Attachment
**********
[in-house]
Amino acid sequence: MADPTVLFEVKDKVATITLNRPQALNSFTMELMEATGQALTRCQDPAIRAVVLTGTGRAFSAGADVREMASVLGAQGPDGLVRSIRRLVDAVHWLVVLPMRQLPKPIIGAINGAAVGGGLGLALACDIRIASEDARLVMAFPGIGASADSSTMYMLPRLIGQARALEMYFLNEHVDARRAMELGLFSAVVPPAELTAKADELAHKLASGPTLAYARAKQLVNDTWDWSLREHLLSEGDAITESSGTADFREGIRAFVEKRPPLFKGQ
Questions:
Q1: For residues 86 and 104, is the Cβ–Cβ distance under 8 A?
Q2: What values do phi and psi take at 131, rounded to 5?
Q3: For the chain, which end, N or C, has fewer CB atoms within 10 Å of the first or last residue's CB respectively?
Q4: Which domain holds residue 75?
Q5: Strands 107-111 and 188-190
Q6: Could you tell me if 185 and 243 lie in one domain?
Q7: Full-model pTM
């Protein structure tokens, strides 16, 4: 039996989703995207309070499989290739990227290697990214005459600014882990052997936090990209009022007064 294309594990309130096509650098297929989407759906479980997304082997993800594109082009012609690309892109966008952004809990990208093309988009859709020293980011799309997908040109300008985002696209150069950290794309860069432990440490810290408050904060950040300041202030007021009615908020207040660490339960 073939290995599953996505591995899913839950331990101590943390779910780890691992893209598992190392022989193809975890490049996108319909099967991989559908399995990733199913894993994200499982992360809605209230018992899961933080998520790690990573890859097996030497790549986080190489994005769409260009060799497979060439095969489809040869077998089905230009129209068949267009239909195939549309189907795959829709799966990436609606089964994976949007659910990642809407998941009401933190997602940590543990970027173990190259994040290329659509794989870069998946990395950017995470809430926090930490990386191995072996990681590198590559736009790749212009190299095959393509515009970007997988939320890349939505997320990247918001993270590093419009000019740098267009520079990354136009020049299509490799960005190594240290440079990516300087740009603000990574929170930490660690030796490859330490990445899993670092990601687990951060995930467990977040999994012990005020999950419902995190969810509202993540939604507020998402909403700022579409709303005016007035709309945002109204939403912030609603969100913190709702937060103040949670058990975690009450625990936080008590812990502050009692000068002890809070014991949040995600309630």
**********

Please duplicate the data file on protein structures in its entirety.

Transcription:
[in-house]
Amino acid sequence: MADPTVLFEVKDKVATITLNRPQALNSFTMELMEATGQALTRCQDPAIRAVVLTGTGRAFSAGADVREMASVLGAQGPDGLVRSIRRLVDAVHWLVVLPMRQLPKPIIGAINGAAVGGGLGLALACDIRIASEDARLVMAFPGIGASADSSTMYMLPRLIGQARALEMYFLNEHVDARRAMELGLFSAVVPPAELTAKADELAHKLASGPTLAYARAKQLVNDTWDWSLREHLLSEGDAITESSGTADFREGIRAFVEKRPPLFKGQ
Questions:
Q1: For residues 86 and 104, is the Cβ–Cβ distance under 8 A?
Q2: What values do phi and psi take at 131, rounded to 5?
Q3: For the chain, which end, N or C, has fewer CB atoms within 10 Å of the first or last residue's CB respectively?
Q4: Which domain holds residue 75?
Q5: Strands 107-111 and 188-190
Q6: Could you tell me if 185 and 243 lie in one domain?
Q7: Full-model pTM
């Protein structure tokens, strides 16, 4: 039996989703995207309070499989290739990227290697990214005459600014882990052997936090990209009022007064 294309594990309130096509650098297929989407759906479980997304082997993800594109082009012609690309892109966008952004809990990208093309988009859709020293980011799309997908040109300008985002696209150069950290794309860069432990440490810290408050904060950040300041202030007021009615908020207040660490339960 073939290995599953996505591995899913839950331990101590943390779910780890691992893209598992190392022989193809975890490049996108319909099967991989559908399995990733199913894993994200499982992360809605209230018992899961933080998520790690990573890859097996030497790549986080190489994005769409260009060799497979060439095969489809040869077998089905230009129209068949267009239909195939549309189907795959829709799966990436609606089964994976949007659910990642809407998941009401933190997602940590543990970027173990190259994040290329659509794989870069998946990395950017995470809430926090930490990386191995072996990681590198590559736009790749212009190299095959393509515009970007997988939320890349939505997320990247918001993270590093419009000019740098267009520079990354136009020049299509490799960005190594240290440079990516300087740009603000990574929170930490660690030796490859330490990445899993670092990601687990951060995930467990977040999994012990005020999950419902995190969810509202993540939604507020998402909403700022579409709303005016007035709309945002109204939403912030609603969100913190709702937060103040949670058990975690009450625990936080008590812990502050009692000068002890809070014991949040995600309630």